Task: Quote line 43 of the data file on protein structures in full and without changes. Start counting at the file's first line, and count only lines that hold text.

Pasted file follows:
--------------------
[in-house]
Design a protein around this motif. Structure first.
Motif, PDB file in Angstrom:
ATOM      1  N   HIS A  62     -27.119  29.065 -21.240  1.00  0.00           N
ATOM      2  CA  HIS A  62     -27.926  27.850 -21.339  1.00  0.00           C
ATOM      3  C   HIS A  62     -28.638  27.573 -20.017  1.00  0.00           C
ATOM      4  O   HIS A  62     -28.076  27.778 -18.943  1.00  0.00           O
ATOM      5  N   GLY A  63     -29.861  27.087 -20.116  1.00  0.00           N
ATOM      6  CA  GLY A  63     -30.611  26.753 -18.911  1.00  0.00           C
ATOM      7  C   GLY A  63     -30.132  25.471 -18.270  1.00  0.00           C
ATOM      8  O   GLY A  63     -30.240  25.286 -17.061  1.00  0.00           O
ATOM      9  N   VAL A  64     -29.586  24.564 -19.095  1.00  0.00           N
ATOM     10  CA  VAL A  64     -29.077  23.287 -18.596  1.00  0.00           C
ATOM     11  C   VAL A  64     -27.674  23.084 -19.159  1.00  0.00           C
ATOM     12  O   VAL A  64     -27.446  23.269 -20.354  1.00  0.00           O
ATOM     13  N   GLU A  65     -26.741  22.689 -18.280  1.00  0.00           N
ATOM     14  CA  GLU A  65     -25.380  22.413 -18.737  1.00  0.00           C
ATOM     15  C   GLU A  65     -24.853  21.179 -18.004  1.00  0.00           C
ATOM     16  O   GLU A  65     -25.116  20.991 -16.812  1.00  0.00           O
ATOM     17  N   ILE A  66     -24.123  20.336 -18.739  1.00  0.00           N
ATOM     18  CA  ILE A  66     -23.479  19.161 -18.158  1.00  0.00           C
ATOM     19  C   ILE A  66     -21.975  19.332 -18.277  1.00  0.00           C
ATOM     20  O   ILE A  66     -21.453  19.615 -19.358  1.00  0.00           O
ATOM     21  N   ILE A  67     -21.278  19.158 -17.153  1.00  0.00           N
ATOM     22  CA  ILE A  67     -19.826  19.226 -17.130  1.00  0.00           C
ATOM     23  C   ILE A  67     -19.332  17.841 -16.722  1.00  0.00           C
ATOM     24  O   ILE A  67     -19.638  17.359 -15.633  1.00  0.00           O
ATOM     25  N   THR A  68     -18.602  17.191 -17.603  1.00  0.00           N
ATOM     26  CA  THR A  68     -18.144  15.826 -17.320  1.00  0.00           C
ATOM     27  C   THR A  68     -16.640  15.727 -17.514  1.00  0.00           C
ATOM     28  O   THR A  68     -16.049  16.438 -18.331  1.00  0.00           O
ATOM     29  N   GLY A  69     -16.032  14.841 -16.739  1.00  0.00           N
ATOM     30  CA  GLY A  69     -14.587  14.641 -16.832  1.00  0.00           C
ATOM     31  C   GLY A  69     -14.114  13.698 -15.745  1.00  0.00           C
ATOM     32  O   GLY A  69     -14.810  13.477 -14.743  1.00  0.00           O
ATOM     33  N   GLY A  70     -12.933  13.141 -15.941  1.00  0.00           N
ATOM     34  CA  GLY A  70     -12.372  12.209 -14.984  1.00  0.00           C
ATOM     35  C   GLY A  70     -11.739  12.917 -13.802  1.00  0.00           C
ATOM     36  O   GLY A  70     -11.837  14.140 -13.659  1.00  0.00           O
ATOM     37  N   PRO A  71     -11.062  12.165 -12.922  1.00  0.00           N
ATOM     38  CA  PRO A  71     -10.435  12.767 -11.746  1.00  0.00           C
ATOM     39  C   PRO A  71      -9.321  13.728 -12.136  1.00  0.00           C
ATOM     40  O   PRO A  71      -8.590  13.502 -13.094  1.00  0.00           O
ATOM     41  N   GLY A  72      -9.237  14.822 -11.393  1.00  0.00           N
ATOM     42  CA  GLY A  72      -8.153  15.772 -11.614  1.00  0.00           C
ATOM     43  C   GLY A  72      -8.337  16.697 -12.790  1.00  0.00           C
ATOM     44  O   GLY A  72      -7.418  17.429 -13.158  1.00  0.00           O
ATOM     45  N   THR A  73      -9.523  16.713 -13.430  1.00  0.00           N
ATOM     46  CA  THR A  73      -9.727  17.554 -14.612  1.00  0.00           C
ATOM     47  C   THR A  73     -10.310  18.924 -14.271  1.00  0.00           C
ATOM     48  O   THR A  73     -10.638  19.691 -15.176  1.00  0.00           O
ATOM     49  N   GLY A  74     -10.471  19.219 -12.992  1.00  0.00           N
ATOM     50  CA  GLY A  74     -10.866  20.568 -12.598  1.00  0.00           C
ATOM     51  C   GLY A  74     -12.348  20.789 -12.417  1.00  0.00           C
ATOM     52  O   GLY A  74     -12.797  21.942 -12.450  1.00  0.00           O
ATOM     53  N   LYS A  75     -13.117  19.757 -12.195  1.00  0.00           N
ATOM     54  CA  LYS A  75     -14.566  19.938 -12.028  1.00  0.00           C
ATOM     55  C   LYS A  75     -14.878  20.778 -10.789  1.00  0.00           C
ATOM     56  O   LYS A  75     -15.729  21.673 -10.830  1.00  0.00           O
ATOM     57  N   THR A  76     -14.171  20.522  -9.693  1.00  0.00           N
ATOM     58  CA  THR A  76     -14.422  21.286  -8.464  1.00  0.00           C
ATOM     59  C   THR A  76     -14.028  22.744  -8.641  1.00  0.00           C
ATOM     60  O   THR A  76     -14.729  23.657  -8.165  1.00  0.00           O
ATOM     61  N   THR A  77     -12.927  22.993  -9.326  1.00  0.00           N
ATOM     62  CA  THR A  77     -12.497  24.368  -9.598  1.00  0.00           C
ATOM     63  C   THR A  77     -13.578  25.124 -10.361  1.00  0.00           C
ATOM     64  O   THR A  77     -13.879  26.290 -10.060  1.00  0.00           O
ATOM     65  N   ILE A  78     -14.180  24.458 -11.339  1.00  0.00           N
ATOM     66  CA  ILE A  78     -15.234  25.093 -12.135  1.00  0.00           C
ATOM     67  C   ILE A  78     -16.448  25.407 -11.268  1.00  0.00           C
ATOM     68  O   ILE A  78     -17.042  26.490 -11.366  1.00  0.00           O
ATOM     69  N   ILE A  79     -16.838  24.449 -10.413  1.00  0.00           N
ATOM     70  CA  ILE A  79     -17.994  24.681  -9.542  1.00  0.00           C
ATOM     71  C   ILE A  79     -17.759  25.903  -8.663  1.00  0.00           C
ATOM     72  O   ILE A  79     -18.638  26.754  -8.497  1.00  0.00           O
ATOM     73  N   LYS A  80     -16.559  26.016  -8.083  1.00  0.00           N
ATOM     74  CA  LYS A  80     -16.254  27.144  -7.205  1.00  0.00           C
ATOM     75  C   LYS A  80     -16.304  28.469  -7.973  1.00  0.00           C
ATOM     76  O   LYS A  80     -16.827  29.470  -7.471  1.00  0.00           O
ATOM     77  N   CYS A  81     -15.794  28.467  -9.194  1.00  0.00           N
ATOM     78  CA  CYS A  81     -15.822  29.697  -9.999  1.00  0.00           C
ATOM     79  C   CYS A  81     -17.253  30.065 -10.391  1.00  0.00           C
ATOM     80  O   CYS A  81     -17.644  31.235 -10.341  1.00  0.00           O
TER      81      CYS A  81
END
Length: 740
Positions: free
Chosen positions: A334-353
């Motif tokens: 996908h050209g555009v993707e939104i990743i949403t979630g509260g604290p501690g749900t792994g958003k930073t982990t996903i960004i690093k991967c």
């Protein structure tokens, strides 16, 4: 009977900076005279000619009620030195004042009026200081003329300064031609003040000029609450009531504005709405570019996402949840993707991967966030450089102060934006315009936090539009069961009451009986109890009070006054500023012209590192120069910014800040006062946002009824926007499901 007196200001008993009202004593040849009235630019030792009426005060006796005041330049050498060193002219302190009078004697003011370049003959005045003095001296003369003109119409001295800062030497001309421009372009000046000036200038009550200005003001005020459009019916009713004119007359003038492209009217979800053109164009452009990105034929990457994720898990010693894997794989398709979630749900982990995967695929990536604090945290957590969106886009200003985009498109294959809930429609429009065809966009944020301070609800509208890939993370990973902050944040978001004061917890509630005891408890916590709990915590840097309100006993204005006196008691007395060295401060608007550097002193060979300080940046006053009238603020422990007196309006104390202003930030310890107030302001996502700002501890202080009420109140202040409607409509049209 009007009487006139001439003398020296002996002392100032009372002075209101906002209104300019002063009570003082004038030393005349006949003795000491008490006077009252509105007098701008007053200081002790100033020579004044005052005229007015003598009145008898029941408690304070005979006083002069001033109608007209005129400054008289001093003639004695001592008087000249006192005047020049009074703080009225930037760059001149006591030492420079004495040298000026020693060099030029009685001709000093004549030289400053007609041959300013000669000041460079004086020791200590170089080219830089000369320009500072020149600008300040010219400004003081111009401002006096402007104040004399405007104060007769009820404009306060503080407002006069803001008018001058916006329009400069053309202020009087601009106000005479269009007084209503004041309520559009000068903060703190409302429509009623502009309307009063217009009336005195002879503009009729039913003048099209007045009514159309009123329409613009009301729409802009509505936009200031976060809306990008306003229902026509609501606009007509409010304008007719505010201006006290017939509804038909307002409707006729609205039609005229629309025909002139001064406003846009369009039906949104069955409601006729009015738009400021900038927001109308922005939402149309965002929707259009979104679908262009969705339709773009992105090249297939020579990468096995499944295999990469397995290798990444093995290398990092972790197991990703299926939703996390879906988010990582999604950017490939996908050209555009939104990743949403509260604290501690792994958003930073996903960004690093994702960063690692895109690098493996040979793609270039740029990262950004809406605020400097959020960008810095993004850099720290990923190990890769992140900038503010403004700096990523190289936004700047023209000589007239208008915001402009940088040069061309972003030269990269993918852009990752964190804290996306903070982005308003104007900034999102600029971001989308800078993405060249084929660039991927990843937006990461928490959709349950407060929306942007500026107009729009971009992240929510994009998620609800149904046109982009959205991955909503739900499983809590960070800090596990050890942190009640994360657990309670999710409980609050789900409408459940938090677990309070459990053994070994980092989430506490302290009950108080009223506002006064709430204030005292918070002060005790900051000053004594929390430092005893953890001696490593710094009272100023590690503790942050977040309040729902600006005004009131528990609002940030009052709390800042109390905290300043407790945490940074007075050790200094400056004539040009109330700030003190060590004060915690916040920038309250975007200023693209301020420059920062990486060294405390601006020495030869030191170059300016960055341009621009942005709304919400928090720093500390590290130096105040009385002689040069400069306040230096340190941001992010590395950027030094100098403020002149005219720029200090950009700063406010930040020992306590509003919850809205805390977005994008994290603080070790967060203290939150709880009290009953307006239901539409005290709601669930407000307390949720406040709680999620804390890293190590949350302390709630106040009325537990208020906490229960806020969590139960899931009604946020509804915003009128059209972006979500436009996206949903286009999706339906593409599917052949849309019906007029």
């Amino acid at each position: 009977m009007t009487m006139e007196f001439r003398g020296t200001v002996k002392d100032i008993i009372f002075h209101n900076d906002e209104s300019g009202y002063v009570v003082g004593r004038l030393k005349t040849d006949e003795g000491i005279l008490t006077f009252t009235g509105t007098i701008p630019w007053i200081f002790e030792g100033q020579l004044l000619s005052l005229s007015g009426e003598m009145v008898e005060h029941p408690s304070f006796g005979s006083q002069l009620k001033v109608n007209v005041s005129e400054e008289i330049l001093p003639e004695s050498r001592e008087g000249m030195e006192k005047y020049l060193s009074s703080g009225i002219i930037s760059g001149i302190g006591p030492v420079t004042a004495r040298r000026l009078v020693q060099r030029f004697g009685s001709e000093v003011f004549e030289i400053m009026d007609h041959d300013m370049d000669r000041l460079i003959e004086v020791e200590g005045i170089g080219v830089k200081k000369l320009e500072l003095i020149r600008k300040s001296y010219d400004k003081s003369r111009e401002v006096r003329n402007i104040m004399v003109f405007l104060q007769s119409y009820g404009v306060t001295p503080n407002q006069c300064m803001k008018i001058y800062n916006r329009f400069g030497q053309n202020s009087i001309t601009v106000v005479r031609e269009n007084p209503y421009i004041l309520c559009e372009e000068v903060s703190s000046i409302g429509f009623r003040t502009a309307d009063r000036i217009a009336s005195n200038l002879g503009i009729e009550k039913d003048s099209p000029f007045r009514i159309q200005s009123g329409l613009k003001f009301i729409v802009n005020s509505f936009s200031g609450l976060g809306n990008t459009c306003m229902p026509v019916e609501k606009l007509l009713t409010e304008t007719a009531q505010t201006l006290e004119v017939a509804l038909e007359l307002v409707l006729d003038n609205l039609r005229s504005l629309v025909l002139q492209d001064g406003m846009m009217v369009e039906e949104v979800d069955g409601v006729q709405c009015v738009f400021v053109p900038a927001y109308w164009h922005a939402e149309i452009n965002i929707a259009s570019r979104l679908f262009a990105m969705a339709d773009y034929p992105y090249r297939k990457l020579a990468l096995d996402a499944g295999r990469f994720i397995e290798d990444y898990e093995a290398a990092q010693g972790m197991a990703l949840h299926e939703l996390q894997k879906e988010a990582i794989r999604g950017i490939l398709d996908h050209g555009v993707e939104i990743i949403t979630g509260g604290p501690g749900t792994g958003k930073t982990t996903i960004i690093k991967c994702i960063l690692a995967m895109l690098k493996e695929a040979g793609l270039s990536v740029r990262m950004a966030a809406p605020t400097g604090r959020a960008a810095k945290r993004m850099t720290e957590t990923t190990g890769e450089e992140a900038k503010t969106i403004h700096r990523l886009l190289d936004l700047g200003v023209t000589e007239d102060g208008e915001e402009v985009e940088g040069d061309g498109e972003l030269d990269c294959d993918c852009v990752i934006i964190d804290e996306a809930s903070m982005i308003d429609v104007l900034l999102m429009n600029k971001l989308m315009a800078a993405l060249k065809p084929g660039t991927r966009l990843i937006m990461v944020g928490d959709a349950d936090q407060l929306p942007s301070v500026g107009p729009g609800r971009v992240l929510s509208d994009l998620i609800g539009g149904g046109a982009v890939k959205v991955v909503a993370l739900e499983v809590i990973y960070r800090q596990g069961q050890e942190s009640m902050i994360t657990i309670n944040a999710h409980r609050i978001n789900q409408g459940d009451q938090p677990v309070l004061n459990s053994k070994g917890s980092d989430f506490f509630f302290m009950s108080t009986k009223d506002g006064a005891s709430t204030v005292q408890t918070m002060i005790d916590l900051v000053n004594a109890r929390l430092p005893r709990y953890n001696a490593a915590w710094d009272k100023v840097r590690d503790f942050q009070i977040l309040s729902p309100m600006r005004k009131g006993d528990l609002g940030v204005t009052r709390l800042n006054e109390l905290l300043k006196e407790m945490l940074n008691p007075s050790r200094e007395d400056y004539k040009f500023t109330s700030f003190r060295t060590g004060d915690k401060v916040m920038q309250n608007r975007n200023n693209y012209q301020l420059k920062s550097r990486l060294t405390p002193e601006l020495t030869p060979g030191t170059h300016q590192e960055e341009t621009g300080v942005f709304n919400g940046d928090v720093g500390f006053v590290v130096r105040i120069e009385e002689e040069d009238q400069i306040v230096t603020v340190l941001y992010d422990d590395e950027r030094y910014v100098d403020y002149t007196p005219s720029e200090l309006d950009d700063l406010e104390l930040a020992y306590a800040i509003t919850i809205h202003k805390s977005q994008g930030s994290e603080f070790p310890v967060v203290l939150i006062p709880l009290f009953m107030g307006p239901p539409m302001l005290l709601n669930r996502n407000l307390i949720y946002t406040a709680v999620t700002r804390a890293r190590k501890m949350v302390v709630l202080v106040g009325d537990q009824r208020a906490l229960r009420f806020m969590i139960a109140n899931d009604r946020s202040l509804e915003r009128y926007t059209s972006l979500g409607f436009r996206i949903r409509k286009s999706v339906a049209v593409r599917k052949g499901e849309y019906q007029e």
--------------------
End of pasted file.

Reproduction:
ATOM     40  O   PRO A  71      -8.590  13.502 -13.094  1.00  0.00           O